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Identification and quantitation of genetically modified (GM) ingredients in maize, rice, soybean and wheat-containing retail foods and feeds in Turkey


The cultivation area and diversity of genetically modified (GM) crop varieties worldwide is increasing rapidly. Taking Turkey as an example of a country with tight restrictions on the import and use of GM crops but limited resources for product monitoring, we developed a cost-effective 3-tier screening protocol, and tested 110 retail food products and 13 animal feeds available in 2016–2017 for GM ingredients. No evidence was found for the presence of GM wheat or rice in the foodstuffs tested; however, 6 feeds and 3 food products containing soybean and/or maize were positive for one or more GM elements. GM events present in positive samples were identified by event-specific PCR and quantified by real-time PCR. We also compared the results with previous surveys in Turkey. Overall, we observed consistent use of GM animal feeds; however, these were not labelled as GM at the point of sale. Occasional food products also tested positive for GM ingredients, usually at low concentrations that could be attributed to accidental contamination.

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Cetyltrimethylammonium bromide




Genetically modified organism


Quantitative polymerase chain reaction


Roundup ready soybean


Starch synthase II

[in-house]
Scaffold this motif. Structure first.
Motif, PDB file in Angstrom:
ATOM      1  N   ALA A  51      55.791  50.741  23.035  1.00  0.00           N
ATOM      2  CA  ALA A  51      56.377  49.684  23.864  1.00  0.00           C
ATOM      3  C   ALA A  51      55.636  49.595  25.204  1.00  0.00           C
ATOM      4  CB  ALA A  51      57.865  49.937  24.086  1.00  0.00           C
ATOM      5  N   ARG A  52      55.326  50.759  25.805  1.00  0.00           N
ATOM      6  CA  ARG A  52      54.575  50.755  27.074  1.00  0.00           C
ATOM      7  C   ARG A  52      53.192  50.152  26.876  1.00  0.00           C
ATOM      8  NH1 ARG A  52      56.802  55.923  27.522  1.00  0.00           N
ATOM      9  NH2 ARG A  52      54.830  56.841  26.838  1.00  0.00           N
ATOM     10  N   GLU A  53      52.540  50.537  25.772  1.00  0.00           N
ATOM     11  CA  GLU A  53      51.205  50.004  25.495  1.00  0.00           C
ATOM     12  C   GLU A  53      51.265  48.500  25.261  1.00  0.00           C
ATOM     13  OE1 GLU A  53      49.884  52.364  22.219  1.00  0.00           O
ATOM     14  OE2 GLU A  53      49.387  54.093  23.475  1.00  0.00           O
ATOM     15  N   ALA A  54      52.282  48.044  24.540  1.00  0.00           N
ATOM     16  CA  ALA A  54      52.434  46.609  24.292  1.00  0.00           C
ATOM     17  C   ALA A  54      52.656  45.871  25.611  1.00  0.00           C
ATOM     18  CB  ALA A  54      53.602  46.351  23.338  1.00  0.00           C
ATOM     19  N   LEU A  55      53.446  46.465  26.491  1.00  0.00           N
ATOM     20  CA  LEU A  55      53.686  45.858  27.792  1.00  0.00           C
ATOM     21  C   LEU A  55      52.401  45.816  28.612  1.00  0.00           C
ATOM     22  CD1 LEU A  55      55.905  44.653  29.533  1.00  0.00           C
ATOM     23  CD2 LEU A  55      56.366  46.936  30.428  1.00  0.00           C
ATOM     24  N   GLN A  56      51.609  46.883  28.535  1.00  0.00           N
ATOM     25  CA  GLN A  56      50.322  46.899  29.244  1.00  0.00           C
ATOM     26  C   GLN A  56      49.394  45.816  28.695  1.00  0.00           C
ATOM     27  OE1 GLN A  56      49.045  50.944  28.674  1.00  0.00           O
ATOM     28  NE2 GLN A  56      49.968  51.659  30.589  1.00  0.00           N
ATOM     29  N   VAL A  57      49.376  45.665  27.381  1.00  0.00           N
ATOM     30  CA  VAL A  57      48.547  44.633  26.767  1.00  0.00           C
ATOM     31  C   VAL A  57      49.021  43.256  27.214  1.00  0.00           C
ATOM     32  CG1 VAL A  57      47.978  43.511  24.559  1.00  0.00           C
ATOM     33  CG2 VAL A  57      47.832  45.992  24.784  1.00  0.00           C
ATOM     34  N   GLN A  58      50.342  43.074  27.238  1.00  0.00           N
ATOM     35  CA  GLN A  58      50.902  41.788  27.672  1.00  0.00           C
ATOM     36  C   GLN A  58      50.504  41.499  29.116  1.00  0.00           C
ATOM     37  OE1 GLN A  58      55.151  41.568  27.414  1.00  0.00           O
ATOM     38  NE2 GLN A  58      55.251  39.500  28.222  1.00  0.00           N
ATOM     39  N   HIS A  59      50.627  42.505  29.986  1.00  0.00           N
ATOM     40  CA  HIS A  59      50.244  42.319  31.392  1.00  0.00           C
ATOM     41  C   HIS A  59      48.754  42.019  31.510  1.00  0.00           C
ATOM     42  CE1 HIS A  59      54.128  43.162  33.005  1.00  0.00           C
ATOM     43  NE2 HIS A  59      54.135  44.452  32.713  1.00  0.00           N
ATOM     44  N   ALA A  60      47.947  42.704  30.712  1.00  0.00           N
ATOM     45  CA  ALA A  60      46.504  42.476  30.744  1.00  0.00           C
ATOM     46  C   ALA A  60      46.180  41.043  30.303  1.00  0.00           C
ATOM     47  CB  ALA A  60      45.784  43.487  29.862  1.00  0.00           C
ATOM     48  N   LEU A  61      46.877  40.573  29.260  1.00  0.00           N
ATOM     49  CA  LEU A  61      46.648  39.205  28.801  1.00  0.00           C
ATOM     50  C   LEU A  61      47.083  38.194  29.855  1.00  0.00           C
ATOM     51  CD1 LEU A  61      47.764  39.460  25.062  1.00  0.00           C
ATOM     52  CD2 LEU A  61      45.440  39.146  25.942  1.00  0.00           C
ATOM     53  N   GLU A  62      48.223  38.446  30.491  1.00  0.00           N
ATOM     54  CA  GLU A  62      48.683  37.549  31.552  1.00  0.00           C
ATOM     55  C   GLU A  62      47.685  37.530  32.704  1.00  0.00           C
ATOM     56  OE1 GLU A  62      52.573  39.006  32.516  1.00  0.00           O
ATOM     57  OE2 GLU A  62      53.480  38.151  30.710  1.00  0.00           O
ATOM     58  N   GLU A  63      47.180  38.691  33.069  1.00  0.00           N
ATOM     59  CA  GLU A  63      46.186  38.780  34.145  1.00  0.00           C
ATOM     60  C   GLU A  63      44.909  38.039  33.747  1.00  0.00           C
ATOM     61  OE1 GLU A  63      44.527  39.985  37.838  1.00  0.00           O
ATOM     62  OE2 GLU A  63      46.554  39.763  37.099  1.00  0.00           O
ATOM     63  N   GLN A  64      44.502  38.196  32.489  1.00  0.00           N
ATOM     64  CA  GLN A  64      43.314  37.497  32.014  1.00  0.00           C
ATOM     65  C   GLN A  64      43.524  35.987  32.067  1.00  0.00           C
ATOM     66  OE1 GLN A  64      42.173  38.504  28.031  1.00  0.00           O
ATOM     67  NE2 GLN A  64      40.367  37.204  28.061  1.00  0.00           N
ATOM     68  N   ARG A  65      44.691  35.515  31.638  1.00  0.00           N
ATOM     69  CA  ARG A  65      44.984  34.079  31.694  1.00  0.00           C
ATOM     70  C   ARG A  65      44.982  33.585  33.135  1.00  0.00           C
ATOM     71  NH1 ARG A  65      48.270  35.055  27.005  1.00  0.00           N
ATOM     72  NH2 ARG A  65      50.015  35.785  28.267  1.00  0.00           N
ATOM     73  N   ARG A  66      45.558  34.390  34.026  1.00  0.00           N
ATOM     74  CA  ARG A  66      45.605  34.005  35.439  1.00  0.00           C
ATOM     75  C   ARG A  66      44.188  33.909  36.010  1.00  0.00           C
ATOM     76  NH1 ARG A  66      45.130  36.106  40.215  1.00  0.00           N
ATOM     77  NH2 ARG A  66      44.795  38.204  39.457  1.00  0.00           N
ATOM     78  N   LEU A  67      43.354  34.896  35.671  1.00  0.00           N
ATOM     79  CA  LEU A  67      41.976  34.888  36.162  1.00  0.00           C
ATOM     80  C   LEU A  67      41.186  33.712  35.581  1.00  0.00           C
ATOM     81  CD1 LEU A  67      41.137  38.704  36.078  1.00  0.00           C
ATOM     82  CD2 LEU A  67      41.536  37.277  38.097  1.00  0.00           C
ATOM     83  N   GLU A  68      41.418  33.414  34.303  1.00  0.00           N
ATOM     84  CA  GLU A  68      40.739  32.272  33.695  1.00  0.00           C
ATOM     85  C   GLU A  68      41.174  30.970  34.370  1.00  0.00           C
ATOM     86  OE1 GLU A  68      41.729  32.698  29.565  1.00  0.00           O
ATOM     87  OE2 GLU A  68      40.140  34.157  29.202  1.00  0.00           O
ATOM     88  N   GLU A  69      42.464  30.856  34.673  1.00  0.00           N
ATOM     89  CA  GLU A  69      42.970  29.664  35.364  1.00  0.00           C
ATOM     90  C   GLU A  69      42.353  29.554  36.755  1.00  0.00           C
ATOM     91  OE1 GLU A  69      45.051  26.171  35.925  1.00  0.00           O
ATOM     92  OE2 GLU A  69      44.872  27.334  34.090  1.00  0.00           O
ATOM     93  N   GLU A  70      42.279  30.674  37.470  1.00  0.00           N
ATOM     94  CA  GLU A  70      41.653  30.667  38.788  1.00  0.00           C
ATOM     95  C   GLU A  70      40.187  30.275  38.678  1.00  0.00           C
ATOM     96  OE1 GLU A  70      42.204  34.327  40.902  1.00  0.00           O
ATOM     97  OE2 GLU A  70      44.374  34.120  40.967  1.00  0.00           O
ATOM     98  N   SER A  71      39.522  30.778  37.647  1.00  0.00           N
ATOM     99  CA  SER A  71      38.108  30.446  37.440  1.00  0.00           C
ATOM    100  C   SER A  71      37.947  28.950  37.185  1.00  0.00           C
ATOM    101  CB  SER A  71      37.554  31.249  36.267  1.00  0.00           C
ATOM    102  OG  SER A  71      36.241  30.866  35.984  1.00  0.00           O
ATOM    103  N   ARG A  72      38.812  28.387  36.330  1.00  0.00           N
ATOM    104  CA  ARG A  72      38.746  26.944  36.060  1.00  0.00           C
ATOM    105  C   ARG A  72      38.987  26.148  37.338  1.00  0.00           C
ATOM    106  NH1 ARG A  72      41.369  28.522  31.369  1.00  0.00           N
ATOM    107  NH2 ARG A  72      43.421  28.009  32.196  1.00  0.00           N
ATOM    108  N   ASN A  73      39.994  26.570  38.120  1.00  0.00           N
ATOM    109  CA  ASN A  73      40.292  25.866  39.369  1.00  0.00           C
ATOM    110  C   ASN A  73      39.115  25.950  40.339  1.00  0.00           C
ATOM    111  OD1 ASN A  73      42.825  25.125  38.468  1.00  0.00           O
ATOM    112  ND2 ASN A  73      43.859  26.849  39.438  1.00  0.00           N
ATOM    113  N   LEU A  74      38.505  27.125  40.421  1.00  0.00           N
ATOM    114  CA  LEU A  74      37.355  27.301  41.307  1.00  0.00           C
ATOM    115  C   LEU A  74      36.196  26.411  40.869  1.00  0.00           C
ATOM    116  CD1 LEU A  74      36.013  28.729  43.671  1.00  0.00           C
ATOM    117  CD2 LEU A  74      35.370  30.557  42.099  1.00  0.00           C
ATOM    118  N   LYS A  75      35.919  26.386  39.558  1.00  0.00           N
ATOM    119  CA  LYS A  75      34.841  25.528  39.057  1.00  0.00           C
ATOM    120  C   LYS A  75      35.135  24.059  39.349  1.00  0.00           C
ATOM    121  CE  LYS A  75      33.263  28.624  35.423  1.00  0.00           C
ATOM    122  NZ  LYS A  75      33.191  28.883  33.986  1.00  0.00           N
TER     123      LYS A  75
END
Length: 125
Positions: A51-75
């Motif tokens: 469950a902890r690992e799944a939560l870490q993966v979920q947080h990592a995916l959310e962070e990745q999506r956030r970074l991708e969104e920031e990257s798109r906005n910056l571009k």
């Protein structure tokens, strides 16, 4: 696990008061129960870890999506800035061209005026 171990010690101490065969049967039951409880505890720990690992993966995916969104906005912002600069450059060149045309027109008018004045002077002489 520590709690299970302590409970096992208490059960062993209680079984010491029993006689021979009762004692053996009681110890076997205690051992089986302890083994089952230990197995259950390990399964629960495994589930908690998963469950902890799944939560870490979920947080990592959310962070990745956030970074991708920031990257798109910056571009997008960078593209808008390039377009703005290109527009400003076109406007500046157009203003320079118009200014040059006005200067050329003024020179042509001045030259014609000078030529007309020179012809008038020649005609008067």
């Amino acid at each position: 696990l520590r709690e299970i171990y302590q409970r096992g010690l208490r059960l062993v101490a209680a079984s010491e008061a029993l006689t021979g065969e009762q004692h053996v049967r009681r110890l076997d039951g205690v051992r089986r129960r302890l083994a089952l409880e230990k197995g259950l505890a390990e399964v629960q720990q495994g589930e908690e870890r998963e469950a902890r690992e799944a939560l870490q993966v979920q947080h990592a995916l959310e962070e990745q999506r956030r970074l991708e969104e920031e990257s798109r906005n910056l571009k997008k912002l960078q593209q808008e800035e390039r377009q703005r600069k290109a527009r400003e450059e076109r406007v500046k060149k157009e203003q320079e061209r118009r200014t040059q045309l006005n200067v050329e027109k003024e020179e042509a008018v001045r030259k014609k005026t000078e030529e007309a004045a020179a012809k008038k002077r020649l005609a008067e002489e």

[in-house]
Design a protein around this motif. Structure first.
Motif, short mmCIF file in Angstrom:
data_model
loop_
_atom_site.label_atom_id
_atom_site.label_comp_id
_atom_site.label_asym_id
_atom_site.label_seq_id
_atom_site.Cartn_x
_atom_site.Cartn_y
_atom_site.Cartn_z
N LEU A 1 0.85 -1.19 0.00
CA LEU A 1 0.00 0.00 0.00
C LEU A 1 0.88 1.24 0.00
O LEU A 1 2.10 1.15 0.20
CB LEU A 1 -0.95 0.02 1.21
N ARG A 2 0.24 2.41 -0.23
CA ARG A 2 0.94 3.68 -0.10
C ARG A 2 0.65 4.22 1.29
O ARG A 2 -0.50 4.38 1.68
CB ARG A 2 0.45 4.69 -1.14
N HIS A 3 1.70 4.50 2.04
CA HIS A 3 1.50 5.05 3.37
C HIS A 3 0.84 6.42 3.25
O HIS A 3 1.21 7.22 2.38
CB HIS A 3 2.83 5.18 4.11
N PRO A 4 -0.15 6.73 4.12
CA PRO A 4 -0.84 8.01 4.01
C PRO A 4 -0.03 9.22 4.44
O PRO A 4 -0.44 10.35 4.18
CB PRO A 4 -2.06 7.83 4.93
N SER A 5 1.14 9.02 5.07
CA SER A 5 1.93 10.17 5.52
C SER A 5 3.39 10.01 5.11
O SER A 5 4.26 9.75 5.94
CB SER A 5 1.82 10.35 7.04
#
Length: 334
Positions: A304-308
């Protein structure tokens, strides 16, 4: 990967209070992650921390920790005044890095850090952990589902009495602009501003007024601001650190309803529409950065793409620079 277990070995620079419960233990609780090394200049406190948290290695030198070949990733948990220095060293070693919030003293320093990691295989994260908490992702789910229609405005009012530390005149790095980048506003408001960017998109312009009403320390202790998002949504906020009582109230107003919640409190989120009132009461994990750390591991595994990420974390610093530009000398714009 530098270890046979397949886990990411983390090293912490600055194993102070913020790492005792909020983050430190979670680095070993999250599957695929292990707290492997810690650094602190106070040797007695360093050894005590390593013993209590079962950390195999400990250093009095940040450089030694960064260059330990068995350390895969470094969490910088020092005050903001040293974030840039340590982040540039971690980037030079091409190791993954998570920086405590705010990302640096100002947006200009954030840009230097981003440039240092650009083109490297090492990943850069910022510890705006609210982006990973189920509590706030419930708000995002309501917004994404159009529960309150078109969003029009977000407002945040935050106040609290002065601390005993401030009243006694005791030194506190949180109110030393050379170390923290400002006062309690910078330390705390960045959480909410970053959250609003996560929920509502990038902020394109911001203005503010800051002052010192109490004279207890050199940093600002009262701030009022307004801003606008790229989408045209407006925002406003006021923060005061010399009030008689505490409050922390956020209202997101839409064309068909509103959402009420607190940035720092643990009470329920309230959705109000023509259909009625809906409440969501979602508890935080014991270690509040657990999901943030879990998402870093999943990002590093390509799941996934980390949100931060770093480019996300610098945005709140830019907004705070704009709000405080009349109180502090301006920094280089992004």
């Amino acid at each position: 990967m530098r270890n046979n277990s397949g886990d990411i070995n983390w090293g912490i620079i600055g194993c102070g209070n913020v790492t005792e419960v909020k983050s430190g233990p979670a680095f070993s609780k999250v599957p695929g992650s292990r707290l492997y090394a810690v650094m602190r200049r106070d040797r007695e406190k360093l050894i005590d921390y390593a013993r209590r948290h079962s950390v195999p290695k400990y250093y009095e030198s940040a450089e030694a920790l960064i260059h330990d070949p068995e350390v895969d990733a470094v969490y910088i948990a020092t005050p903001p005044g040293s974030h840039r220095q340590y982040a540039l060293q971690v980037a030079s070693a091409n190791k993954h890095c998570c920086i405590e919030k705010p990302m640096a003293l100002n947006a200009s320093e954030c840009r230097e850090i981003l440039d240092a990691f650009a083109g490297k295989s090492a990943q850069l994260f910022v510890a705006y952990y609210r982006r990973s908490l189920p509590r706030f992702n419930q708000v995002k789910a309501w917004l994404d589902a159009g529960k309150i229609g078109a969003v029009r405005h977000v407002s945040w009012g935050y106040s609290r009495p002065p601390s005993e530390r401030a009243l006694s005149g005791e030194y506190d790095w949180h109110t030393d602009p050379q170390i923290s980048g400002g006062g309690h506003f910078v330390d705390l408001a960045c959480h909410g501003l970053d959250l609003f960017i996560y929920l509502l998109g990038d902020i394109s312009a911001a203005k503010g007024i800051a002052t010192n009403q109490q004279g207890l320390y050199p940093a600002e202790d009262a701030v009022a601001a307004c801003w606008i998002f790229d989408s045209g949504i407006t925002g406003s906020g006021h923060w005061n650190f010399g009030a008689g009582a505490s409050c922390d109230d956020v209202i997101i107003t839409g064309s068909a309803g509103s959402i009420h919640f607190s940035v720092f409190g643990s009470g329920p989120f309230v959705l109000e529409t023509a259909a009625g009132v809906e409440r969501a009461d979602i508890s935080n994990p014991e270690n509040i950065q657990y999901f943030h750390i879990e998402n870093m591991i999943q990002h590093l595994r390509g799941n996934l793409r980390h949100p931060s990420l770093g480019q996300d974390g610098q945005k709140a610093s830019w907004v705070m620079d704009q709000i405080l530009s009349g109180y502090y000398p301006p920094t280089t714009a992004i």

Sucrose phosphate synthase




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This research was financially supported by an internal grant from Uludağ University Scientific Research Projects Unit (Grant Number 2014/1) and by Nilay Agricultural Products Ltd.

Author information

BA conducted experiments, analyzed data and drafted the manuscript. SS collected samples and conducted experiments. AT conceived the study, collected samples and assisted with data analysis. SJL planned the experimental work, analyzed data and revised the manuscript. All authors approved the final manuscript.

Correspondence to Stuart J. Lucas.

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Avsar, B., Sadeghi, S., Turkec, A. et al. Identification and quantitation of genetically modified (GM) ingredients in maize, rice, soybean and wheat-containing retail foods and feeds in Turkey. J Food Sci Technol 57, 787–793 (2020). https://doi.org/10.1007/s13197-019-04080-2

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  • Genetically modified organisms
  • Food
  • Feed
  • Food safety
  • Real-time PCR
  • GMO screening